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MEPs send copyright reform proposal back for rethink

10 July 2018, 14:00 CET
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MEPs send copyright reform proposal back for rethink

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(STRASBOURG) - The EU Parliament rejected Thursday a committee proposal to update EU copyright rules, including measures to monitor and filter uploads to the Internet some described as a 'vote for mass internet censorship'.

With their vote, MEPs decided to review the proposed EU Copyright Directive in September. The rules, supposed to 'bring copyright into the digital single market', aim to ensure that artists (especially the small ones, for instance musicians), news publishers, authors and performers derive more benefit from today's online marketplace.

MEPs were looking to rectify a situation where news publishers and artists were not getting paid "due to the practices of powerful online content-sharing platforms and news aggregators". They argued that the principle of fair pay for work done 'should apply to everyone, everywhere, whether in the physical or online world'.

Some high-profile artists - including Placido Domingo, James Blunt, Vienna Philharmonic Orchestra and Sir Paul McCartney - had urged the MEPs to seize the chance to restore fairness to Europe's online music marketplace. However, many other individuals, civil society groups, creators, academics and even the inventor of the World Wide Web had heavily criticised some of the measures, particularly a controversial Article 13, which mandates the mass monitoring and censorship of internet uploads.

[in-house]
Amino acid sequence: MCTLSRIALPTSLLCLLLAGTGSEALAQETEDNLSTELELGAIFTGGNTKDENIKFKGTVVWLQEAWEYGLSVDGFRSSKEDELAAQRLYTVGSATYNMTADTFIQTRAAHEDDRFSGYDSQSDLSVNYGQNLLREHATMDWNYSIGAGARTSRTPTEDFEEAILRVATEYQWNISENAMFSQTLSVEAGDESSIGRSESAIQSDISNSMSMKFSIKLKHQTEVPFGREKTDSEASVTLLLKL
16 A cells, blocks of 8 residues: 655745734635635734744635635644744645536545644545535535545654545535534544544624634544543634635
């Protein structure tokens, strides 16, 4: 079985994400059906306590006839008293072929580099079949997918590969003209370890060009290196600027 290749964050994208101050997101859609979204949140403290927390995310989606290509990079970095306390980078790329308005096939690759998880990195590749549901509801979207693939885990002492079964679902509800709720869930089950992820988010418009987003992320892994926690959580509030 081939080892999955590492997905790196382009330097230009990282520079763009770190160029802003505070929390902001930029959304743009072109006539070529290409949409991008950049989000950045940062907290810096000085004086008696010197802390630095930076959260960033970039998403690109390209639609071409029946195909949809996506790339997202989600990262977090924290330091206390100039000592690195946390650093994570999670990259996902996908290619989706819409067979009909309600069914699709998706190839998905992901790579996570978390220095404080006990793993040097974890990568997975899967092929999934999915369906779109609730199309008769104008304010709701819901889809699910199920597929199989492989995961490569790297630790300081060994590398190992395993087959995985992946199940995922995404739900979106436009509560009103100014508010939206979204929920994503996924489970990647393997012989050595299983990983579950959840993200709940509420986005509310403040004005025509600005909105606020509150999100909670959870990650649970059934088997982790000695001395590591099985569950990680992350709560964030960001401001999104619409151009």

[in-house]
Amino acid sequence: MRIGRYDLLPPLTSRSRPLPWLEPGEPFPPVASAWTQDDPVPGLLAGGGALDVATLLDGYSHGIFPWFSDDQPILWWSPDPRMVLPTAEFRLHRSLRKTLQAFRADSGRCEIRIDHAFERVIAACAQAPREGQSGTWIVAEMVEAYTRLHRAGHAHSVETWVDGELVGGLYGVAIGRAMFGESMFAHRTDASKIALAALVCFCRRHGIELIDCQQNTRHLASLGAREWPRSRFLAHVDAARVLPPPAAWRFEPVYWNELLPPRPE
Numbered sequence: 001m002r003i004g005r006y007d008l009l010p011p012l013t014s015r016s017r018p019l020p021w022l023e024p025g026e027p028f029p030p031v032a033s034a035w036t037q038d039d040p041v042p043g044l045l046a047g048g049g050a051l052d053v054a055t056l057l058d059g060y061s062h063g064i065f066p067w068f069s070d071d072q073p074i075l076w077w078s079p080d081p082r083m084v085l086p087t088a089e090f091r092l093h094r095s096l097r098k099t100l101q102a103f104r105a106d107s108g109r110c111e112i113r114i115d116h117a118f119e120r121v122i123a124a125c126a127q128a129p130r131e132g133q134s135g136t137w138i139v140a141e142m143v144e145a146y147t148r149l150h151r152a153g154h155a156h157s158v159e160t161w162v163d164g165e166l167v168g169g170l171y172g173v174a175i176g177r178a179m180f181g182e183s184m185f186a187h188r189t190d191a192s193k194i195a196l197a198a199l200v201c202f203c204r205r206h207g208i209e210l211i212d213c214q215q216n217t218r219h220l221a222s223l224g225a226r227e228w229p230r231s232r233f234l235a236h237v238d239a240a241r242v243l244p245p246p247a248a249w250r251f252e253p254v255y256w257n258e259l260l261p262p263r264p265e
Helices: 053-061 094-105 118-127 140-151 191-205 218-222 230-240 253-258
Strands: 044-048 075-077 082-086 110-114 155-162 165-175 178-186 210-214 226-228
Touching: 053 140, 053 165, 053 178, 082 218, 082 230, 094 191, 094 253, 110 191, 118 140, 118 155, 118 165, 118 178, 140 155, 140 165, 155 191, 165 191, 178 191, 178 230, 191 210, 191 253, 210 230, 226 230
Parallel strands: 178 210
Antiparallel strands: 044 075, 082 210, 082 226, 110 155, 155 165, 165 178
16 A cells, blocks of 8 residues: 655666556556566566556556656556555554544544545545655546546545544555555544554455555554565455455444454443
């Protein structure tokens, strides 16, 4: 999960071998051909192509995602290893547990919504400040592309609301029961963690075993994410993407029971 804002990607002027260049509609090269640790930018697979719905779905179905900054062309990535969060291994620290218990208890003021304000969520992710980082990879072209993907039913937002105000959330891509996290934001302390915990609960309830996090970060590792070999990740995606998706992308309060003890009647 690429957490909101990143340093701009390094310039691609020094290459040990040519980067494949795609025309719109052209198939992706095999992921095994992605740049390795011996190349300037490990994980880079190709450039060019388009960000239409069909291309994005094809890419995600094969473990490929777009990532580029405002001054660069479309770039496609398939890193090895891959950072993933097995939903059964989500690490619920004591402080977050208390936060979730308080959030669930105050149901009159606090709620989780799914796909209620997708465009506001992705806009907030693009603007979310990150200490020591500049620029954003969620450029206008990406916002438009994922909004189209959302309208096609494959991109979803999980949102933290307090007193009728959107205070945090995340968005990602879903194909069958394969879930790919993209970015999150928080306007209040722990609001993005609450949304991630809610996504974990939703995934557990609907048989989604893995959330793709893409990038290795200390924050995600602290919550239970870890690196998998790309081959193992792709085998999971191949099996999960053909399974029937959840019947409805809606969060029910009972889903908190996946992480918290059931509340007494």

According to EuroISPA, the pan-European association of European Internet Services Providers Associations, "Article 13 would require Internet platforms to install unaffordable upload filters to assess the legality of copyright-protected content. This will lead to over-blocking and censorship of lawful content, thus endangering European users' fundamental freedoms".

MEPs are now tasked with finding an optimal text that balances all views on the directive and removes the risk of privatised censorship.

European Parliament's rules of procedure provide that if at least 10% of MEPs (76) object to opening negotiations with the Council based on the text voted in committee, a plenary vote will be held. By the deadline of midnight on Tuesday, the requisite number of MEPs had lodged their objection.

"The European Parliament will now be able, in an open debate, to improve the text and defend freedom of expression ahead of the next elections", said Diego Naranjo, Senior Policy Advisor at EDRi.European Digital Rights (EDRi).

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